Mayor Emanuel Launches Next Phase Of Comprehensive Mentoring Initiative Through An RFP To Reach 1,000 Additional Youth
Organizations and community-based partners encouraged to apply to deliver mentoring, support Mayor’s plan to reach youth in highest need communities
Mayor Rahm Emanuel and the Department of Family and Support Services (DFSS) today announced the next steps to carry out a bold three year initiative to provide mentoring programs to 7,200 boys and young men in high crime neighborhoods. A Request for Proposal (RFP) that launched today is seeking organizations with a strong presence in targeted communities to supplement the City’s comprehensive mentoring plan with out-of-school mentoring for male youth.
“Earlier this year, we made a promise to our communities that we would support our next generation with more opportunities for all of our youth to succeed,” said Mayor Emanuel. “We have delivered on that promise, and the RFP is the next step to grow the kind of mentoring services that will make a difference in young men’s lives and help them to get back on track for a better future.”
An integral component of the administration’s public safety strategy announced earlier this year, the growth of the mentoring initiative through the RFP will complement a significant expansion in Chicago Public Schools through the Becoming A Man (BAM) program. An investment by the administration in September allowed the program to grow by an additional 1,300 youth to serve more than 4,000 students today.
As part of the Mayor's public safety strategy over the next three years, DFSS is seeking grassroots, community-based partners to link boys and young men in 8th ,9th and 10th grades to caring adults who can serve as positive role models, coaches and guides as youth navigate their teenage years. The RFP will help to identify organizations with a strong track record of providing youth programming who have the appropriate plans, experience and capacity to mentor youth through the Mayor’s initiative.
Specifically, this RFP is seeking providers to support boys and young men during out of school time, focusing on both active students and through supports to re-engage those boys and young men at risk of falling out of school system. To reach both, the RFP will look to community providers to address chronic absenteeism and truancy, as well as the socio-emotional and cognitive therapy.
The high-quality mentoring partnerships that will be formed as a result of the RFP process will provide sustained contact between youth and caring adults at least five hours per month, as well as a focus on developing skills or training through program activities such as employment skills, postsecondary opportunities, or anti-bullying. Youth will be provided with a setting that incorporates positive values, principles and practices while addressing students’ socio-emotional needs.
Mentorship has been proven to be an effective strategy for increasing high school graduation rates and reducing violence. Research by the University of Chicago Crime Lab suggests the promise of this approach for improving the life outcomes of vulnerable young men. The Crime Lab found that BAM reduces violent crime arrests among participants by 45-50 percent, and increases on-time high school graduation rates by 19 percent.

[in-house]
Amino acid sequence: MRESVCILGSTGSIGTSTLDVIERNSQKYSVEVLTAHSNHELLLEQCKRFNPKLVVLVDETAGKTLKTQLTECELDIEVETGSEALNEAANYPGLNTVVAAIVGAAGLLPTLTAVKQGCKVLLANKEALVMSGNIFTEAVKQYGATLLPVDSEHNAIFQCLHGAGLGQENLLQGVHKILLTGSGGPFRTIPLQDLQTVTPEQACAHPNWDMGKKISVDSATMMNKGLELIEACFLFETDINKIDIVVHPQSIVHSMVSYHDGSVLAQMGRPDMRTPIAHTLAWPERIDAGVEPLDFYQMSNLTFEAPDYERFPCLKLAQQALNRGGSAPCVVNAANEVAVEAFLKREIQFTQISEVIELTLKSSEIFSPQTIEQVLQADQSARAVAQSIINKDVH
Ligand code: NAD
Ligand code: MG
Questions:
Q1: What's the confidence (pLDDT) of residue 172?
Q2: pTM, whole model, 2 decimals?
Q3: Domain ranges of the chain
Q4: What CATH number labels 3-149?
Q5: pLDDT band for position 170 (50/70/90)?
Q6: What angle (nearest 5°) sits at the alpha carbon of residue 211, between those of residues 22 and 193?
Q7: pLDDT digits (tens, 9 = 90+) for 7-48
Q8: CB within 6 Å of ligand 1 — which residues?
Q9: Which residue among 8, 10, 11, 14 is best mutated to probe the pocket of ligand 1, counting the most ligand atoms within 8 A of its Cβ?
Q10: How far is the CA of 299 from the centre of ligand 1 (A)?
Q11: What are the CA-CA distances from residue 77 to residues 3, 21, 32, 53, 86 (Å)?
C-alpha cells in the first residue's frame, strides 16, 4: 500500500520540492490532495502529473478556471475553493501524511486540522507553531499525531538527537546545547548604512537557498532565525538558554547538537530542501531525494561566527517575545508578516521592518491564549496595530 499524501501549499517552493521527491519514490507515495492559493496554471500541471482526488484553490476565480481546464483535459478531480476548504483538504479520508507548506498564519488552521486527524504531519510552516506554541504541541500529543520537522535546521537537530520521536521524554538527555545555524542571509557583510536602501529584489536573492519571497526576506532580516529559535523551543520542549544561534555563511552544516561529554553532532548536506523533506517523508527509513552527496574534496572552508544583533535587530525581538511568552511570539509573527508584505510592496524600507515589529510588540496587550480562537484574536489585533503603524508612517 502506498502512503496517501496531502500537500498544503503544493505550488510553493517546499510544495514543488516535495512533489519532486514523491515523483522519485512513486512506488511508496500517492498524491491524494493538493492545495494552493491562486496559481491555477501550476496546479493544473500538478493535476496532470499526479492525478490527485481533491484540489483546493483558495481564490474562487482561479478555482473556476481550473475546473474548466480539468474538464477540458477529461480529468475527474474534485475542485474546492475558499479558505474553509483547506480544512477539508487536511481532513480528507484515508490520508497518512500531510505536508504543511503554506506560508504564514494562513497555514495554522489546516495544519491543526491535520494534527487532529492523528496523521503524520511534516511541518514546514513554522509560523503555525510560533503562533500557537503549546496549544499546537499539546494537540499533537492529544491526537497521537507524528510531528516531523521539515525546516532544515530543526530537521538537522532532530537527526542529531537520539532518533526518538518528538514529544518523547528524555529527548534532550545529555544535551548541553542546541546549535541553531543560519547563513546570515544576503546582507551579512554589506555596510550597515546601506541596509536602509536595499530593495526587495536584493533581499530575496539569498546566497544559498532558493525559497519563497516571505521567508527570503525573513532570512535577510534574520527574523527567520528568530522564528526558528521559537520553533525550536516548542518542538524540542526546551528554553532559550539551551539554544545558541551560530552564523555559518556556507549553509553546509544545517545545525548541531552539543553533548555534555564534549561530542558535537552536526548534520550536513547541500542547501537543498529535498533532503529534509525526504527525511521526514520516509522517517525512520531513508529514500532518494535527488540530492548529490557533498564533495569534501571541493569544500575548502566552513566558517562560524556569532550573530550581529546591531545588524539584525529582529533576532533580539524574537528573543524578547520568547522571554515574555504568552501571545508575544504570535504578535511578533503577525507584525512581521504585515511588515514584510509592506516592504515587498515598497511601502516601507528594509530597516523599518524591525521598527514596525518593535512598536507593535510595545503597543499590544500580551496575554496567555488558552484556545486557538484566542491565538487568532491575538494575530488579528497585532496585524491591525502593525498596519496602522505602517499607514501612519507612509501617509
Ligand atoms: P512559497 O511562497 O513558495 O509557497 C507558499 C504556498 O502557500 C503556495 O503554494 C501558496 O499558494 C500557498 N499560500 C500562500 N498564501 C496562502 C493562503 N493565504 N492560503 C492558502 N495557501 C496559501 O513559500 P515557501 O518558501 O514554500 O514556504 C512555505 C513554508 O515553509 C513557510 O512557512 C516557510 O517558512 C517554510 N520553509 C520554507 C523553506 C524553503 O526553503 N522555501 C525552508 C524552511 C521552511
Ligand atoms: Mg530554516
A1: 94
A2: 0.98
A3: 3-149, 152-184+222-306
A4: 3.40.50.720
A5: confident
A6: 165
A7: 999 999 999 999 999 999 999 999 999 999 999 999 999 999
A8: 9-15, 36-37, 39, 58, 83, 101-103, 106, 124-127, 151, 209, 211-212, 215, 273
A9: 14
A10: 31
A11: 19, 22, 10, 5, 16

“In order to drive our work forward, we are seeking strong organizations that have roots in these communities of need, and those who can provide support and guidance to our young boys and men,” said DFSS Commissioner Lisa Morrison Butler. “Our RFP presents a unique opportunity for leaders in the community to play and make a difference in thousands of lives.”
Today’s launch commences Part One of the RFP process and includes a Pre-Proposal Screening to first identify specific criteria for community-based partners before they may submit a full proposal and demonstrated work plan. The initial criteria sought by the RFP include: demonstrated success operated a mentoring program in past years; physical presence in one of the 22 identified community areas; background in mentoring young males; and 501c3 status.
In recognition of the strong body of research which shows young men who have dropped out of school and are unemployed to be far more likely to be the victims and perpetrators of violent crime, the Mayor’s mentoring plan will seek to provide the most at-risk youth from 22 of our city’s highest poverty and highest violence neighborhoods with the support they need to remain on-track to graduate from high school and to avoid involvement in the criminal justice system.
Applicants who meet the minimum qualifications will be asked to submit a full proposal starting January 25th, 2017. Part Two of the RFP process will ask more in-depth questions regarding program plans, experience and capacity, with winners announced in March 2017. Executives from the winning organizations will participate in a professional leadership program to help build organizational capacity, learn from best practices and establish standards of implementation while meeting the goals of the initiative.
DFSS will also host a webinar with University of Chicago Urban Labs, on December 13th for those who are interested in mentoring to answer any outstanding questions or further explain the criteria.